The New and Living Way
A Sermon by Revd Dr Sam Wells
Readings for this service: Hebrews 10: 11-14, 19-25
When I was in year 4, school was really only about one thing. That one thing was the football game we played at break time. One day the ball got kicked onto the school roof by mistake. My friends and I faced the unthinkable prospect of 45 minutes’ break time with no ball to entertain us. Can you imagine? Something had to be done. Various forms of human ladder were devised to provide access to the roof. But who was to be the person who actually climbed up and got on the roof? Who d’you think? Me of course. Only one person was that stupid. I got up easily enough, made my way across the flat roof, and tossed the ball down with a nonchalant air. Only then did it dawn on me that getting down from the roof was a very different matter. It was too far to jump, and the human ladder didn’t look so appealing from the top down. I did the only sane and sensible thing there was to do. I burst into tears.
Only years later did I realise that this was my first experience of how it sometimes feels to be a priest. I’d emerged out of a crowd and done something on behalf of the people. That’s what priests do. A priest then returns to the people to communicate the consequences of what has been seen and done. I hadn’t quite mastered that second part. But I was only 8.
You can’t really grasp the urgency of the scriptural debate about priesthood unless you can appreciate how unimaginable it was for my 8-year-old friends and me to face break time without a football. Then you transfer that existential yearning to the time of Solomon’s temple. Long before, under Moses, Israel had received the Ten Commandments on two stone tablets, and those tablets were carried around in a trestle known as the Ark of the Covenant. Israel came to understand that this represented the presence of God. First in a tent, then in a shrine, and eventually behind a huge curtain in the temple itself, Israel came to believe that prayers offered and sacrifices made would cancel out the sins that distanced the people from God and thus jeopardised the covenant.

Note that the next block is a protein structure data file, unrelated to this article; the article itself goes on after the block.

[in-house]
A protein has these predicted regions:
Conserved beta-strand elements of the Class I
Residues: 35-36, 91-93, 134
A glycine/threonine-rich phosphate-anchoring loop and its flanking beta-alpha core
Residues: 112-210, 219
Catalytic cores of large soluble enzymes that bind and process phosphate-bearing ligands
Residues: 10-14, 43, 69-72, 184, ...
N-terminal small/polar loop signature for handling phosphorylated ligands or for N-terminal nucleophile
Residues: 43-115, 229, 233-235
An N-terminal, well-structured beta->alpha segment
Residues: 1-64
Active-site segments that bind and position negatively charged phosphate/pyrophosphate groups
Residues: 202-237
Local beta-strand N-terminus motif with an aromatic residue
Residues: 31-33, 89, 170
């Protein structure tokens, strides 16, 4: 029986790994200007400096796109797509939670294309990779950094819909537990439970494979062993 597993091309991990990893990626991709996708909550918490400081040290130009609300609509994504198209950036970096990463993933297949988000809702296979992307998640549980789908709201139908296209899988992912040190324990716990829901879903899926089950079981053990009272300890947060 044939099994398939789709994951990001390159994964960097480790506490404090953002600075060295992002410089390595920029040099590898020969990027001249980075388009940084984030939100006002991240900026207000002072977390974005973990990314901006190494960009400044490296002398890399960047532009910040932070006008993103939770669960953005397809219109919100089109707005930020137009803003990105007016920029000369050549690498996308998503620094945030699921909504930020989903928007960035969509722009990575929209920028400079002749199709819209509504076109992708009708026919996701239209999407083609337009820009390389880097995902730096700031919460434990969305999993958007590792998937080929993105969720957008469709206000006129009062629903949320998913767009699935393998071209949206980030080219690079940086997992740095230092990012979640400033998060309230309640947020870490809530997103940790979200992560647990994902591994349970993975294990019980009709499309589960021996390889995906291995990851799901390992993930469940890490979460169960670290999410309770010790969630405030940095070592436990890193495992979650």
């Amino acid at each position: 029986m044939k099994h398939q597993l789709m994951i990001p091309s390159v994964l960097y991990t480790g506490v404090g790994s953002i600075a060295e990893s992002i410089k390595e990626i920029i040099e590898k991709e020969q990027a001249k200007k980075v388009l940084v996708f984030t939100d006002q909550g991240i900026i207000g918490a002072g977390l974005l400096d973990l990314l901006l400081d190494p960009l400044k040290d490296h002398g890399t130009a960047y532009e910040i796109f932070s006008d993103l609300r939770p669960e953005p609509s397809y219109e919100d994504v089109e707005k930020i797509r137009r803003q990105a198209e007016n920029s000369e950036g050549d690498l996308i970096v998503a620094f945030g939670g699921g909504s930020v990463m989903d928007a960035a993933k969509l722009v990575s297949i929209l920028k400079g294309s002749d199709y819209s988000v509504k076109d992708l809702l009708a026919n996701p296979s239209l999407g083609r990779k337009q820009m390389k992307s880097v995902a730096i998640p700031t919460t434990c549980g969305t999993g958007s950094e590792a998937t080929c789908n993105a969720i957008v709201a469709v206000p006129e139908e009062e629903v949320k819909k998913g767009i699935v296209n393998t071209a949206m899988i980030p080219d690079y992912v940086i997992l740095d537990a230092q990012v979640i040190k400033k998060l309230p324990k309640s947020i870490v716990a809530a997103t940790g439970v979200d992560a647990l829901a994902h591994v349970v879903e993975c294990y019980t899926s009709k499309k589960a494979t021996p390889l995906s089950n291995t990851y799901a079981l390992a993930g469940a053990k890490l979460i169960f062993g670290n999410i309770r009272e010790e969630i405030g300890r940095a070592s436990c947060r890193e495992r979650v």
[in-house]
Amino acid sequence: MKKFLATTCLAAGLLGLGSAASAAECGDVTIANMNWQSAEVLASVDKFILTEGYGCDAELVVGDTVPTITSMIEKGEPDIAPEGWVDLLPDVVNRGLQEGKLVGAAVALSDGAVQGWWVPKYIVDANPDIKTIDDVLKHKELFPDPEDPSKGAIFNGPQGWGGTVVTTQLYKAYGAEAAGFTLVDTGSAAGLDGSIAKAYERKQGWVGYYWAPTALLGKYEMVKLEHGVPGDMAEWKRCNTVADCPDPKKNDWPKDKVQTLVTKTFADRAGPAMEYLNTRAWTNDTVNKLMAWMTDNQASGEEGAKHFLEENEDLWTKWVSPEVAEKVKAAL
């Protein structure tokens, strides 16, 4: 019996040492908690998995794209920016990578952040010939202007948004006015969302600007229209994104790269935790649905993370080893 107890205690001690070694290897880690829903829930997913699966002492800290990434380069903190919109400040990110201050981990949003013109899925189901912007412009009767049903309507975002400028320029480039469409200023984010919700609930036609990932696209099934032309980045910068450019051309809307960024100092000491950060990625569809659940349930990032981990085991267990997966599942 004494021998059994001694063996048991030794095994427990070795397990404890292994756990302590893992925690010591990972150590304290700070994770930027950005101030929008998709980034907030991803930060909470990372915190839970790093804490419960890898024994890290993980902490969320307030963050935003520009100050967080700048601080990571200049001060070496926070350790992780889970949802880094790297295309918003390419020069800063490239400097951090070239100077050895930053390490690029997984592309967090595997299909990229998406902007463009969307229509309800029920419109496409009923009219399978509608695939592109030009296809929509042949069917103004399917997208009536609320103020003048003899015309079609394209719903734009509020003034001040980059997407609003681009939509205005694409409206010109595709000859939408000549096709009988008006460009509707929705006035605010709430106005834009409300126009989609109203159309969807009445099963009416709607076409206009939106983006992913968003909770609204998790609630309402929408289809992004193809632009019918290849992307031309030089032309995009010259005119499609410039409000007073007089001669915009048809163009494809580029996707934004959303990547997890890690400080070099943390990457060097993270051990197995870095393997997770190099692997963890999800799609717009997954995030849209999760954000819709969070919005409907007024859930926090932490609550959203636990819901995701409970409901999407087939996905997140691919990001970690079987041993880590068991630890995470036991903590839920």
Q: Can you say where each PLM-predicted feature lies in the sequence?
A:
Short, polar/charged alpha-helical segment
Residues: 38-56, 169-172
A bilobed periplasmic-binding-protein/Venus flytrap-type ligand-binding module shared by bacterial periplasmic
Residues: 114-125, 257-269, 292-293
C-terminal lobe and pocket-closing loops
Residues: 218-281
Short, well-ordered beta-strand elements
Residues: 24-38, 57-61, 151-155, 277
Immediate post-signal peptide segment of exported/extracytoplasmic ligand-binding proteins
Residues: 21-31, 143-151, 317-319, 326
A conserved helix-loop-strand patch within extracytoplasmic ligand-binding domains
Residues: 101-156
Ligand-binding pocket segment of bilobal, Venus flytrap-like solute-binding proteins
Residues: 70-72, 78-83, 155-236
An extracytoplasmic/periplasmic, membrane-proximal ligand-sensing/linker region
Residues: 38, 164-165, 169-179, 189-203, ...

Imagine how catastrophic it was, then, that the temple was destroyed and the Ark of the Covenant irretrievably lost in 585 BC. At the time it was all part of the horror that drove the people into exile in Babylon. But its true significance emerged 50 years later, when Israel returned from exile, and began to build a new temple. What was the point of having a temple if it had no Ark of the Covenant at the heart of it? How effective could prayers and sacrifices be if the embodiment of the covenant was not there? The fact that behind the huge curtain there was no longer the two stone tablets but now nothing symbolised the confusion of the 500 years that preceded the coming of Christ. If there was no Ark, was Israel still more or less in exile, cut off from God?
For the letter to the Hebrews, this is the situation Jesus walks into. The crucial detail is that at the moment Jesus dies on the cross, the curtain of the Temple is torn in two – in other words the sense that God is behind a veil and unreachable is over. Jesus is the high priest who has not only torn apart the curtain but in his sacrifice has brought to an end the history of sacrifices by finally restoring our covenant with God. ‘By a single offering,’ says the letter, Jesus ‘has perfected for all time those who are sanctified.’
At this point you can see why many people resist calling Christianity a religion, but instead regard Christianity as the end of religion. Because the repeated offering of sacrifices, apparently to appease but at least to propitiate a distant God, seems to epitomise most assumptions about what constitutes a religion – rites, rituals, sacred songs, holy men, special clothes, guilt, blood, built-in-incompleteness and a lot of smoke. Jesus brings an end to all of that, with a single offering that does away with the hokey cokey. So there’s no need for the usual trappings of religion.
So why, we might then ask, are we gathered here this morning with rituals and robes and religious paraphernalia and priests? I thought we didn’t need priests anymore, because Jesus has taken away all that stands between us and God.
You could say I’m the wrong person to answer this question, because as a priest I have a vested interest. (Boom-boom.) But what Hebrews goes on to say in the last four verses of today’s reading is that once Jesus’ sacrifice has opened the way into the sanctuary for all of us, it’s for all of us to do the three things that are still needed once our sins are washed away. The first is to ‘approach with a true heart in full assurance of faith,’ that’s to say to worship, to pray, to share in the sacraments, to pierce through the ordinary to find the joy, to recognise the alive and beyond in the here and now, to overflow with gratitude and wonder and to look to the fount of every blessing for transformation of all that falls short of truth and glory. The second is to ‘hold fast to the confession of our hope,’ that’s to say to grow in faith, to form one another in the habits of holiness, to study, question, explore and discover the riches of our tradition, the depth of scripture, the mind and heart of God and the ways of discipleship. The third is to ‘provoke one another to love and good deeds,’ that’s to say to compete in showing honour, to ‘encourage one another,’ gently to hold one another to account, to be a reconciling presence in one another’s lives and to be a community of character that offers an example of what God’s grace can do.